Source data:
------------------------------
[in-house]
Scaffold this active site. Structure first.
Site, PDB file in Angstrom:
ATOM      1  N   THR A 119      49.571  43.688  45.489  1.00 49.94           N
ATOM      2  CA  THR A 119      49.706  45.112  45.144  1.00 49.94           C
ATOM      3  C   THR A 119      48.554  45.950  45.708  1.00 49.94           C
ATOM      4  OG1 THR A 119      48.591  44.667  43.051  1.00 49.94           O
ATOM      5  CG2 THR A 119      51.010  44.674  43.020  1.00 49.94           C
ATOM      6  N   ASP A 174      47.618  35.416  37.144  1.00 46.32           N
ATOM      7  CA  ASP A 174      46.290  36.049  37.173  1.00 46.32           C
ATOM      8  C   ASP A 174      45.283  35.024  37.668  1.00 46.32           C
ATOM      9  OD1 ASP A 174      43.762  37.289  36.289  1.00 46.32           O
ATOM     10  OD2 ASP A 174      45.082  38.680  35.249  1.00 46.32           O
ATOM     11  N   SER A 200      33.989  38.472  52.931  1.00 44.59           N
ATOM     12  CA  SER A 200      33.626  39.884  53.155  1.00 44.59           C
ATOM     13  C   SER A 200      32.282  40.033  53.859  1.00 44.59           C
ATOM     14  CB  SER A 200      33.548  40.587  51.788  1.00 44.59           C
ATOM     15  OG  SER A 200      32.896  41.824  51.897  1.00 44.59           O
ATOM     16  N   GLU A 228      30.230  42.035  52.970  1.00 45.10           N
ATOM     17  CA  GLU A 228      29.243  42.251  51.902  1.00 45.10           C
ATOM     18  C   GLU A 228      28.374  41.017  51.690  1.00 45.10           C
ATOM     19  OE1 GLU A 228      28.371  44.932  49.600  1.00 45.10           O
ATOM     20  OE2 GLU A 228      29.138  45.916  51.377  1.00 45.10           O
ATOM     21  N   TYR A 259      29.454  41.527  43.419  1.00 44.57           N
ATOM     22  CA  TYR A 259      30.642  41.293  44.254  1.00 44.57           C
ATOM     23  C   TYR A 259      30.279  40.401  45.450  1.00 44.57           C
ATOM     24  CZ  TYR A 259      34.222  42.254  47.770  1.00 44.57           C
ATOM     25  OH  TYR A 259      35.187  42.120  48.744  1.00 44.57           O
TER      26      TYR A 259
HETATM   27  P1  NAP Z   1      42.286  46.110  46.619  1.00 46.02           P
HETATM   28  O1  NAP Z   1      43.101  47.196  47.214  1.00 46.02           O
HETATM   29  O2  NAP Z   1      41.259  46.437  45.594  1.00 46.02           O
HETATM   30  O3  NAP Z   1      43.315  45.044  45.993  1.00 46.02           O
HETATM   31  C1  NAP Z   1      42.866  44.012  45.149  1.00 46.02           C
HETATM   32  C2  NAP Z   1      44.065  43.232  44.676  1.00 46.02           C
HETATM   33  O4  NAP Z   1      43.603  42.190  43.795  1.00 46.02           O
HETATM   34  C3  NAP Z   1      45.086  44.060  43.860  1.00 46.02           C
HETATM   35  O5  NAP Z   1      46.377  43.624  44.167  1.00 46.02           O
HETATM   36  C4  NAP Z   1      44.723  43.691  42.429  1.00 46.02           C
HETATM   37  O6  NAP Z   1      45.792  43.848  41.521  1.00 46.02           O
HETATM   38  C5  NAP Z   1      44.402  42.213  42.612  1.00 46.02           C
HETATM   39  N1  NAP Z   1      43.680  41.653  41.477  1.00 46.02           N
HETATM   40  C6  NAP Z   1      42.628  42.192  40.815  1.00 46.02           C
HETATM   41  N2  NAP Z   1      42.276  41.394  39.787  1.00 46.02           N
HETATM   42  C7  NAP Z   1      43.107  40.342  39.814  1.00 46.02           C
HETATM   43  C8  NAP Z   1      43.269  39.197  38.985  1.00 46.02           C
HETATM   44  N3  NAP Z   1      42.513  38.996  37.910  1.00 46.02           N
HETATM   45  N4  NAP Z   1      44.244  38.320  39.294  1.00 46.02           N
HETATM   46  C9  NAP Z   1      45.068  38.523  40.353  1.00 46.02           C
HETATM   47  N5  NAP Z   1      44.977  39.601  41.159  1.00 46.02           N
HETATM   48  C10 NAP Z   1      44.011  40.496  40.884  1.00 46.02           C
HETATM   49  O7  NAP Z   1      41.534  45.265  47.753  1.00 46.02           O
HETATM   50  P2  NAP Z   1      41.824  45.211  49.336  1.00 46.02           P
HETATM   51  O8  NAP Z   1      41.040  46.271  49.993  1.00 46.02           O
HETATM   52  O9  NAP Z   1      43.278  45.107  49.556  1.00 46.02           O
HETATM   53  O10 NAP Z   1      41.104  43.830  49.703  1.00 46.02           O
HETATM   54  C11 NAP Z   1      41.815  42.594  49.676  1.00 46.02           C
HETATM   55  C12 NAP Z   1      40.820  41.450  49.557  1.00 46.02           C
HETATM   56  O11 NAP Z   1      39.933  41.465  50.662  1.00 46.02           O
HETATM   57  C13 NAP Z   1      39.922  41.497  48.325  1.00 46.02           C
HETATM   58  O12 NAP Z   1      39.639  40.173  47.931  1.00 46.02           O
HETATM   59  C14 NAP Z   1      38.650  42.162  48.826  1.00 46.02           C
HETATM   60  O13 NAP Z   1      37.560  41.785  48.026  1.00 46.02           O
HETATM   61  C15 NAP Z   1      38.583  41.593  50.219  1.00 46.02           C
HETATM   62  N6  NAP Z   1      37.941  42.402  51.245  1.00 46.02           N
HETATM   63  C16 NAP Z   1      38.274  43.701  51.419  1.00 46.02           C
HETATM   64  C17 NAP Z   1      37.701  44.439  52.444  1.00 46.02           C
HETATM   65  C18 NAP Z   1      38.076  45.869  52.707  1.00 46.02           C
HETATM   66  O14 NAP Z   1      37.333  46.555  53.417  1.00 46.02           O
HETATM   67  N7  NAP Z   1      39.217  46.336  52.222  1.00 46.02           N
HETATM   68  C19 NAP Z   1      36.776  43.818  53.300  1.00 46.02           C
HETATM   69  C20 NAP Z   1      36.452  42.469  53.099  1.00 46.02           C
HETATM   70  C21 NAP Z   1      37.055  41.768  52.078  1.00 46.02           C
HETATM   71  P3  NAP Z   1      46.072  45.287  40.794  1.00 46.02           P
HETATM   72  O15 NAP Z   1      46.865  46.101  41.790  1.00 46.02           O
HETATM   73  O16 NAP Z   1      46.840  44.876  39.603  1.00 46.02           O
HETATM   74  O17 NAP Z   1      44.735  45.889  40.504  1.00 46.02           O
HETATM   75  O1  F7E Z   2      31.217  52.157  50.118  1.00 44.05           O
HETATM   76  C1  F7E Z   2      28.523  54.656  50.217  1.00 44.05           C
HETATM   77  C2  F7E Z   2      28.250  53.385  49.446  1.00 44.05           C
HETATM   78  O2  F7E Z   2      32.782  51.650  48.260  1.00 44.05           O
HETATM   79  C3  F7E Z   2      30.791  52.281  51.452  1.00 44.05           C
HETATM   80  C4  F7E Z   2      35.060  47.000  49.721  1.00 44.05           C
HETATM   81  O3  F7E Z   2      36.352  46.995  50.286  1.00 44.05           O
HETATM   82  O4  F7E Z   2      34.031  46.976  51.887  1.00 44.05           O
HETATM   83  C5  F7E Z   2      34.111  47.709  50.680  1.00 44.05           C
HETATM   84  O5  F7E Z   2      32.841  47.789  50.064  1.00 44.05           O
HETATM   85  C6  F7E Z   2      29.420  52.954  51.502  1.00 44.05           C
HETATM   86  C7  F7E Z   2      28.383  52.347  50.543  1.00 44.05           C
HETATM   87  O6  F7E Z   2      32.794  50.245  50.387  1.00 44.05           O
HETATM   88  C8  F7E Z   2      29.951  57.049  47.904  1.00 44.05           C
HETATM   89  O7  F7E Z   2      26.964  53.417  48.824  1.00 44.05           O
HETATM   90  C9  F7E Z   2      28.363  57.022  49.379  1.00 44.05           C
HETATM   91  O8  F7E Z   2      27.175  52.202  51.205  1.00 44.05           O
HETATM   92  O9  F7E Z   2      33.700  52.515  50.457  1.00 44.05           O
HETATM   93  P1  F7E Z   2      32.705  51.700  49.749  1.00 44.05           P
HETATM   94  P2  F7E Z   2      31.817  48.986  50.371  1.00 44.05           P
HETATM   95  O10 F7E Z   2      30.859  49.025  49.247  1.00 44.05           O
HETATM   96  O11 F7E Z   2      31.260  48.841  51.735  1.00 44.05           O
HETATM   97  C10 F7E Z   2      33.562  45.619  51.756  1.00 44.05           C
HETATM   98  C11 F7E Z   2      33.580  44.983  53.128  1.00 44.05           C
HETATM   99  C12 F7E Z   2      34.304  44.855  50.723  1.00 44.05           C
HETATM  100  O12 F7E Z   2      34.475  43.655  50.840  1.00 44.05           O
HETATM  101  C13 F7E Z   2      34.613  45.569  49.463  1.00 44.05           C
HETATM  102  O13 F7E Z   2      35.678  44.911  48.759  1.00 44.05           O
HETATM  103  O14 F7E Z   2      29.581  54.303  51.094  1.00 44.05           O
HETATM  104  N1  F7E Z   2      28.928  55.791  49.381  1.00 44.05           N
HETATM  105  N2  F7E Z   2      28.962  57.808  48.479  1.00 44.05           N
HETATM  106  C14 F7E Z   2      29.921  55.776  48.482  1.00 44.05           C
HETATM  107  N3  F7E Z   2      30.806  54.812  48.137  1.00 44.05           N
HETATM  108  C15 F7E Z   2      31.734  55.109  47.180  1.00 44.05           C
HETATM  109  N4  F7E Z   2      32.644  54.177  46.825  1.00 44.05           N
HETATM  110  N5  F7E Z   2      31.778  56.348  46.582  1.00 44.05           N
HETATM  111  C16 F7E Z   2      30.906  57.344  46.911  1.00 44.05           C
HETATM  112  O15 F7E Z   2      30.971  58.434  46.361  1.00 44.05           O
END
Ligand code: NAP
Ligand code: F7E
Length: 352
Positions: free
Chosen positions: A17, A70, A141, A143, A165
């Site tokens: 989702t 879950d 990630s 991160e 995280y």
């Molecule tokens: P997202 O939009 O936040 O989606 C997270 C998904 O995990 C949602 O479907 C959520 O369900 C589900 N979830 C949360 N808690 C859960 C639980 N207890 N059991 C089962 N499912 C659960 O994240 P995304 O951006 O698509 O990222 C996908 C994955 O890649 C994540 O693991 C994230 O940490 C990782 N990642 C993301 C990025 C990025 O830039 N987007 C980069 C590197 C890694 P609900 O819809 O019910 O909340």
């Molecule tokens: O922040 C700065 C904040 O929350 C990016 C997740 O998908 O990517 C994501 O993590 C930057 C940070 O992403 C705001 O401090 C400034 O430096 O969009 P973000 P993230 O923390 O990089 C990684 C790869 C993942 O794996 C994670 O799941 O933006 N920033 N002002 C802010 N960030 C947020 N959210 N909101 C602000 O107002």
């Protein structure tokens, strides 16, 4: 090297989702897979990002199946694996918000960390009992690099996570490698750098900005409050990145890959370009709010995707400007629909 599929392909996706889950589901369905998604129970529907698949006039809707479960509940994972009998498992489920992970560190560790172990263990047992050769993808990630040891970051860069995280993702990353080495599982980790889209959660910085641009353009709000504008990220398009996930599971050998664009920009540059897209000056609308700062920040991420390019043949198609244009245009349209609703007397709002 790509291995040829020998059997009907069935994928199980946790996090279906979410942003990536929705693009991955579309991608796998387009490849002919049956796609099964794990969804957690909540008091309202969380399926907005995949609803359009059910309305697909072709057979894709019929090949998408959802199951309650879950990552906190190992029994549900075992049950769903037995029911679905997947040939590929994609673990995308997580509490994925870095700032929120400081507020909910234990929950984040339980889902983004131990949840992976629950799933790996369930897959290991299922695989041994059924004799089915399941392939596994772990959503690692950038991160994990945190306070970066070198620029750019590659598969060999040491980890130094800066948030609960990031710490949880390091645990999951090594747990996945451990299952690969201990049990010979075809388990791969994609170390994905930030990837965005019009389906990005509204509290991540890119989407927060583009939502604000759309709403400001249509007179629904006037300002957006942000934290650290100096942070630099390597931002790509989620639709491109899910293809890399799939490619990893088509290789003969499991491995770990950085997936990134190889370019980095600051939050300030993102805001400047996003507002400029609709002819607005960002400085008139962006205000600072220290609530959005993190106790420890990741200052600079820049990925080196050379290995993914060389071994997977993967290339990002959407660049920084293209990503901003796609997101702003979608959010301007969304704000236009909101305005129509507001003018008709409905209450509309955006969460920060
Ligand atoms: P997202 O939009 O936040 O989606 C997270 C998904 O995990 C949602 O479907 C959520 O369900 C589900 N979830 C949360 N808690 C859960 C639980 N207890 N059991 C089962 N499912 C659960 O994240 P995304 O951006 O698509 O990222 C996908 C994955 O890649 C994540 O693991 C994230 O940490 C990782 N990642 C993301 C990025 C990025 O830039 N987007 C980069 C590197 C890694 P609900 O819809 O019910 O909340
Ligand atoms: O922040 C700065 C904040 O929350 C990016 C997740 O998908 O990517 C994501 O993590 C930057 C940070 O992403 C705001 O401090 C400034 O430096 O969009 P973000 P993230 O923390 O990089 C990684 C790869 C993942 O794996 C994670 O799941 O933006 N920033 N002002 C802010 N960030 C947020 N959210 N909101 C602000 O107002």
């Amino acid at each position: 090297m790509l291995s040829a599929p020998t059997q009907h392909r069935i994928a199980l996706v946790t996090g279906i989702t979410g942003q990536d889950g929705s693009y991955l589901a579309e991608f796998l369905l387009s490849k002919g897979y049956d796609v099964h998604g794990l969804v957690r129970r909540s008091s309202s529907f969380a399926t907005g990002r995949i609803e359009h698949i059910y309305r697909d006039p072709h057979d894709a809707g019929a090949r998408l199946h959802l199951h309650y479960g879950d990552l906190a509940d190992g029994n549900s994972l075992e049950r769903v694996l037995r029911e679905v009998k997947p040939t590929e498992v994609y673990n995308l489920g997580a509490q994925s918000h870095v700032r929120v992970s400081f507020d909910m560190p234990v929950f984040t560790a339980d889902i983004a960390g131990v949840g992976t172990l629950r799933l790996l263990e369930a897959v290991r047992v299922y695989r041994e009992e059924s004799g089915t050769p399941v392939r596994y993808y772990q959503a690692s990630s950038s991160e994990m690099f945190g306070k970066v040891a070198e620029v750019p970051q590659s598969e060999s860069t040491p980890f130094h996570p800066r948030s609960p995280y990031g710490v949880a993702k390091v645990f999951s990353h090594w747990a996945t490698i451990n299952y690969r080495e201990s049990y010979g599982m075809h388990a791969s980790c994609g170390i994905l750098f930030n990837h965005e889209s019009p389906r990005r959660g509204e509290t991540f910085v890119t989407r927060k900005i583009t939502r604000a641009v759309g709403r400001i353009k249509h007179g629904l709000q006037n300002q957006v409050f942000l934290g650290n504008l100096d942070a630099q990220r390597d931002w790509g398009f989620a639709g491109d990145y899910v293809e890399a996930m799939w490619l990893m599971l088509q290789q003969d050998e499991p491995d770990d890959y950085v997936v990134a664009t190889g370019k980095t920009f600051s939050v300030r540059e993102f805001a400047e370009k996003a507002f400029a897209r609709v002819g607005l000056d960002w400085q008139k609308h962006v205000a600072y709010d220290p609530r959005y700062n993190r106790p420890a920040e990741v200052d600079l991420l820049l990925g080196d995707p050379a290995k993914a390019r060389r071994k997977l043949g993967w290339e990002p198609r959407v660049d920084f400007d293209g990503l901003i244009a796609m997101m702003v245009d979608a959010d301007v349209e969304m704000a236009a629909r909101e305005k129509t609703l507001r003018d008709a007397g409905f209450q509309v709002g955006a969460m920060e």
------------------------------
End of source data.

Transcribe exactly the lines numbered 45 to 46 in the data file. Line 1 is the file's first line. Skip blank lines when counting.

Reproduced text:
HETATM   42  C7  NAP Z   1      43.107  40.342  39.814  1.00 46.02           C
HETATM   43  C8  NAP Z   1      43.269  39.197  38.985  1.00 46.02           C